Jock & the Beanstock PR

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Culture Minister supports Hi-Tech Ho Ho Ho with Carnegie Hall’s Sick Kids at Christmas Project It may be the shortest day on 21st December, but it’s long on laughs when for the first time ever in Scotland, Jock and the Beanstalk is screened to a number of Scottish children’s hospitals, using the very latest technology. Culture Minister, Fiona Hyslop said: “I was very interested to hear more about your worthwhile project and believe it will be of huge benefit to children and their families who are in hospital over the Christmas period”. Jim Tolson, MSP for Dunfermline and West Fife, raised the following motion in the Scottish Parliament: “That the Parliament congratulates Arts and Theatres Trust Fife (AttFife) who will be filming a special performance of the Christmas Show ‘Jock and the Beanstalk’ at Carnegie Hall in Dunfermline to be screened, with live internet chat link to theatre, to children in six hospitals across Scotland including Edinburgh, Dunfermline, Kirkcaldy, Dundee, Glasgow and Aberdeen, and the childrens’ hospice in Kinross on 21 December 2010; notes that the production will be shown on SOLUS plasma screens in public waiting areas in hospitals across Scotland during the festive period; further notes that SOLUS will be providing a web-based TV channel allowing the production to be viewed on demand and welcomes the use of the latest technology to enable sick children to enjoy a Christmas pantomime during their stay in hospital” This special free performance of Jock and the Beanstalk, by award-winning theatre company Wee Stories, will be screened simultaneously by Arts and Theatres Trust Fife (AttFife) from Dunfermline's Carnegie Hall to children's wards in six hospitals across Scotland at 1.30pm on Tuesday 21st December. The project is sponsored by Robert Wiseman Dairies and supported by Fife Council Celebrating Fife 2010 The pre-recorded performance on 21st December in the children’s wards includes a live link-up via the internet to Carnegie Hall so that children can ask questions in real-time of the production team and actors. The hospitals and hospice included in the project are Forth Park Children’s Ward in Kirkcaldy, Queen Margaret Children’s Ward in Dunfermline, Sick Kids in Edinburgh, Ninewells Children’s Ward in Dundee, Rachel House Hospice in Kinross and Sick Kids in Yorkhill, Glasgow.


For further information, please contact Lyn McNicol on t. 0797 1231238 or e-mail: Notes to Editors:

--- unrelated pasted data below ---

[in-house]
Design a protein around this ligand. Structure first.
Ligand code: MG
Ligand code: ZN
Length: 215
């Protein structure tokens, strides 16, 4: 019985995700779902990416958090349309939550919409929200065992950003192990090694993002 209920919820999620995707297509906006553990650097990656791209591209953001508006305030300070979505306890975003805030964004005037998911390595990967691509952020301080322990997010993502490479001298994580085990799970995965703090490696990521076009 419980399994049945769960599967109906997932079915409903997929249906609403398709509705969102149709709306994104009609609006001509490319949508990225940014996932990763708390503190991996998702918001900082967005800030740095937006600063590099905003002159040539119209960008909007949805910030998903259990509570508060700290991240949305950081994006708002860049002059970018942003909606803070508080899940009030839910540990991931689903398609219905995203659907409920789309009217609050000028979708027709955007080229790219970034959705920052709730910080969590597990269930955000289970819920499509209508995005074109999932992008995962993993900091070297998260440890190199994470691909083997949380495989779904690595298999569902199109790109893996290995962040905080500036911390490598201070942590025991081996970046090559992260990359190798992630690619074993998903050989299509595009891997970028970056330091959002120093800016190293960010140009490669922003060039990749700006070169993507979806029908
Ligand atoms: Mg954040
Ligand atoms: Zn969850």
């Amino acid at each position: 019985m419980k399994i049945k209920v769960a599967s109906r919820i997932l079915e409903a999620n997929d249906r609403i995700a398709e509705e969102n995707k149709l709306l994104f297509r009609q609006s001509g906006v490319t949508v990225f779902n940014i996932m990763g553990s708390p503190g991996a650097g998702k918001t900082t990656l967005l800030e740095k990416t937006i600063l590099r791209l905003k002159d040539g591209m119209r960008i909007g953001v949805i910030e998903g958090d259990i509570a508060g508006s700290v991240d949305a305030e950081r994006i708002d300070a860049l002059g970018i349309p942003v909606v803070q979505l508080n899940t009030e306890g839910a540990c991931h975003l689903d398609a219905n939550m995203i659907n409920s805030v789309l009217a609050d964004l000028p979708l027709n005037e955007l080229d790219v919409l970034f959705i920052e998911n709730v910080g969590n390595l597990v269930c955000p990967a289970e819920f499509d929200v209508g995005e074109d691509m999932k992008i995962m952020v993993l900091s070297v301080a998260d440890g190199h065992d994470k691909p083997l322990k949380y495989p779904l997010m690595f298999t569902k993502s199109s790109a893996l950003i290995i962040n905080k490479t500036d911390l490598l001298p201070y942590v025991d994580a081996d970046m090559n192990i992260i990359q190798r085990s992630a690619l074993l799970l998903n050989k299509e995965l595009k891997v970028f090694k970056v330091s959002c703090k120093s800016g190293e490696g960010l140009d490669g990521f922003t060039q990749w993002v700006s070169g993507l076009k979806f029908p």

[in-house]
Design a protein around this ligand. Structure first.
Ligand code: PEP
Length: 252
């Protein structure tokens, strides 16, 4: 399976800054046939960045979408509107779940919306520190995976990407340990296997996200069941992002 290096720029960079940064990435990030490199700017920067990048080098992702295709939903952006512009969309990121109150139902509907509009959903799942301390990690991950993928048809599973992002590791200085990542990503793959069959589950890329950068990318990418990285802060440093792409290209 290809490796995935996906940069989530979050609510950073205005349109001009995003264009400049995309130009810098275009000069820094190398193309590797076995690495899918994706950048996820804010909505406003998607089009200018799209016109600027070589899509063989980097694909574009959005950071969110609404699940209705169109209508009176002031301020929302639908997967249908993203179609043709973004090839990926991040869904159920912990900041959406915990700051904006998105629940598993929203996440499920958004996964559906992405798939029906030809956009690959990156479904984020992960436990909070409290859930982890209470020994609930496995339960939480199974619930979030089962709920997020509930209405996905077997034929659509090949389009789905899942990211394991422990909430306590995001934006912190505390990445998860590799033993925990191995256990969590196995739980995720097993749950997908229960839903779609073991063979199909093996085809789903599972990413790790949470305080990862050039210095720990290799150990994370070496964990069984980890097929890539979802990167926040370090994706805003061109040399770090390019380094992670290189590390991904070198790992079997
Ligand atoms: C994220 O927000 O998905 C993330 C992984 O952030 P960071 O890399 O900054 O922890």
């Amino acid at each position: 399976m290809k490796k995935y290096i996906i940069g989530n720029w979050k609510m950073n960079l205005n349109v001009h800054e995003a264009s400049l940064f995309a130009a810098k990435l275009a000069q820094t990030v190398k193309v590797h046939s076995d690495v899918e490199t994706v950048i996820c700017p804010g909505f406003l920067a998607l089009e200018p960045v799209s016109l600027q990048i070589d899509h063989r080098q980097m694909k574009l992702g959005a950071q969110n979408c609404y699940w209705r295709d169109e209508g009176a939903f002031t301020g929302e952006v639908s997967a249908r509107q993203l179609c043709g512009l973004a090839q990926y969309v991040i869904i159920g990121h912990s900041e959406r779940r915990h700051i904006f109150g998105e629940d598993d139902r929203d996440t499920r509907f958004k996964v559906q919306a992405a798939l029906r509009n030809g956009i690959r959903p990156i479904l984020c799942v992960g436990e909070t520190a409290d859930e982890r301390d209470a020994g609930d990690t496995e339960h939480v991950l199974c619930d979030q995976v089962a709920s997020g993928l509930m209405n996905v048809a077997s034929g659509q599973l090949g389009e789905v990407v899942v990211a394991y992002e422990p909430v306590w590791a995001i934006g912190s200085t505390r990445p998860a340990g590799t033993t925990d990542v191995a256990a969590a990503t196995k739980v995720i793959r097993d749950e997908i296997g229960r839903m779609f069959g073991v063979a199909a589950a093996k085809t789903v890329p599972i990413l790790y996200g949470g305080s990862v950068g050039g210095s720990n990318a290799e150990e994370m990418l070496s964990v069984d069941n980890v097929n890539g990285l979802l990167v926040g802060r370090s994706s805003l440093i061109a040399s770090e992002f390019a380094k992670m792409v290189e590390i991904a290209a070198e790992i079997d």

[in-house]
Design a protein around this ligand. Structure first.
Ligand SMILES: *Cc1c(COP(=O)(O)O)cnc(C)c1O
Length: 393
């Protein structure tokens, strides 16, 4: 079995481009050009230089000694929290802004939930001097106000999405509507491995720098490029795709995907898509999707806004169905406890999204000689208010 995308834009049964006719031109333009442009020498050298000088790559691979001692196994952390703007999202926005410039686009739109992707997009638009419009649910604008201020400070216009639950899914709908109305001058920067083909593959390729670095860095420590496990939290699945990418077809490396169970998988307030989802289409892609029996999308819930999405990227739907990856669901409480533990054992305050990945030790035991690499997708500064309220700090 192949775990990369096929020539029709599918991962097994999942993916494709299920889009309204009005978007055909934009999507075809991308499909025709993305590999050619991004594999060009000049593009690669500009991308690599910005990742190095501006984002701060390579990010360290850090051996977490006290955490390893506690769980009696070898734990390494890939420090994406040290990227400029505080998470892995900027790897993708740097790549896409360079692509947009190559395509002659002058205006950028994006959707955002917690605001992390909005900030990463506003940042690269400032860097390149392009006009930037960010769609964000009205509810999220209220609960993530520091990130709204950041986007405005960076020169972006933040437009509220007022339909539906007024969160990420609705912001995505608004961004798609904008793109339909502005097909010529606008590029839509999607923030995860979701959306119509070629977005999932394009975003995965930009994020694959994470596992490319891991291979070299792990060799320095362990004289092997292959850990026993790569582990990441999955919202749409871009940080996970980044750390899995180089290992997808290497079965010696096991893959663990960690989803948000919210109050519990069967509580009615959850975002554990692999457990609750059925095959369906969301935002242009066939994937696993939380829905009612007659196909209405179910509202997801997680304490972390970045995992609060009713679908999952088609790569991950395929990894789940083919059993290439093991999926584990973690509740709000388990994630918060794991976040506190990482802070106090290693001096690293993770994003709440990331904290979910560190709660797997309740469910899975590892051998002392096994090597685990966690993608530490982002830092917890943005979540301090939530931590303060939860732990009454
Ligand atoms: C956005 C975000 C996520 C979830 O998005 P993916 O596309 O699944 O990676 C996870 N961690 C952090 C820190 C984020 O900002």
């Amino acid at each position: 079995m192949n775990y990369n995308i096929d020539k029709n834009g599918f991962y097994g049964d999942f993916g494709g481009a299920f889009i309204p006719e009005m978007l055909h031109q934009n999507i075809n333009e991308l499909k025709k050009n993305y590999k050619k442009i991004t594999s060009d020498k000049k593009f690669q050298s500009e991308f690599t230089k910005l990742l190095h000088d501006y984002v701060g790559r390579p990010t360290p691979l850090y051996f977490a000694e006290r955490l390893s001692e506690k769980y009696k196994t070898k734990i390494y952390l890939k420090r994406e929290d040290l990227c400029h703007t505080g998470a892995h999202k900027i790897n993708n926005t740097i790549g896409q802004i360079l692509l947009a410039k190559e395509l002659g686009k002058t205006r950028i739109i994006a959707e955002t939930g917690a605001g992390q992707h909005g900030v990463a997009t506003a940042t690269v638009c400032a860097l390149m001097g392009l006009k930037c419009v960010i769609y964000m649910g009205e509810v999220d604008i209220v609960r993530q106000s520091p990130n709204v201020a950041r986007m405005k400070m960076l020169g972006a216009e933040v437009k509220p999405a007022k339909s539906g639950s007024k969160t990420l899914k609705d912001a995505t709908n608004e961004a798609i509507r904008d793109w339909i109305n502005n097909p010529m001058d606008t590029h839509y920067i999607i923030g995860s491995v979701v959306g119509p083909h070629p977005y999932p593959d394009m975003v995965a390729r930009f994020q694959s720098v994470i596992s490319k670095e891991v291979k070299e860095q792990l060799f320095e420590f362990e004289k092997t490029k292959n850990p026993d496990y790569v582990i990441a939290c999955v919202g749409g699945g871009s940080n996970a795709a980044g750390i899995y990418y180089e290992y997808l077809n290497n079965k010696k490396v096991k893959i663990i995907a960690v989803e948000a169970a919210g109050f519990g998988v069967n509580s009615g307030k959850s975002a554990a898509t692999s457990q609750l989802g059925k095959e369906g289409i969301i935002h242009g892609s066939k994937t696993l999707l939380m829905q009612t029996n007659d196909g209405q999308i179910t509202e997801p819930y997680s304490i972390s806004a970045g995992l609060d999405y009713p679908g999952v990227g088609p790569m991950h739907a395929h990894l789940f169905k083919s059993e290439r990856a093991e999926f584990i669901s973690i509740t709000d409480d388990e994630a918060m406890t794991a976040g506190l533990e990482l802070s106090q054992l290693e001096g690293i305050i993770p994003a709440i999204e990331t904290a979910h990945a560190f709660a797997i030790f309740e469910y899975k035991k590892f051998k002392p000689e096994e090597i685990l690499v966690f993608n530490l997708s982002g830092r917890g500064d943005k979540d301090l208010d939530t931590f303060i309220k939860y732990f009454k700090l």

Over the last few months, representatives from AttFife have been working closely with each hospital involved in the project to understand the needs of both patients and staff. In so doing, they have developed a tailored approach to suit each individual hospital depending on the needs of patients and their technical resources. So, for instance, in one hospital, children may be settling down to watch Jock and the Beanstalk on the large screens in their wards or playrooms; in Dundee and Glasgow, the Medi-cinema facilities can be utilized, and in others, the conference facilities usually reserved for teaching purposes, but perfectly suitable for screening and also access to the internet, will be used. The idea to apply use of the facilities in this way had simply never been considered before.

Staff from AttFife and volunteers from each hospital will also be on hand to make the family party atmosphere spread from Fife to each of the hospitals in Scotland. Each child will be given a Jock and the Beanstalk Christmas fun pack, containing craft activities, colouring- in pens and stickers, and there will be face-painting. The children in hospital, their families and staff, will be able to enjoy a Christmas show even though they are in hospital.

In addition to the screening in hospitals on 21 December, Jock and the Beanstalk will be shown on SOLUS plasma screens in up to 250 public waiting areas in hospitals across Scotland, the first time cultural content will be made available on this network.

SOLUS will also be providing a Web-based TV channel where the performance may be viewed on demand. This will be particularly beneficial to some children who are not well enough on the day to see the group screening, or if children simply want to catch up again with other friends and family. The staff may also want to view again over the festive period.


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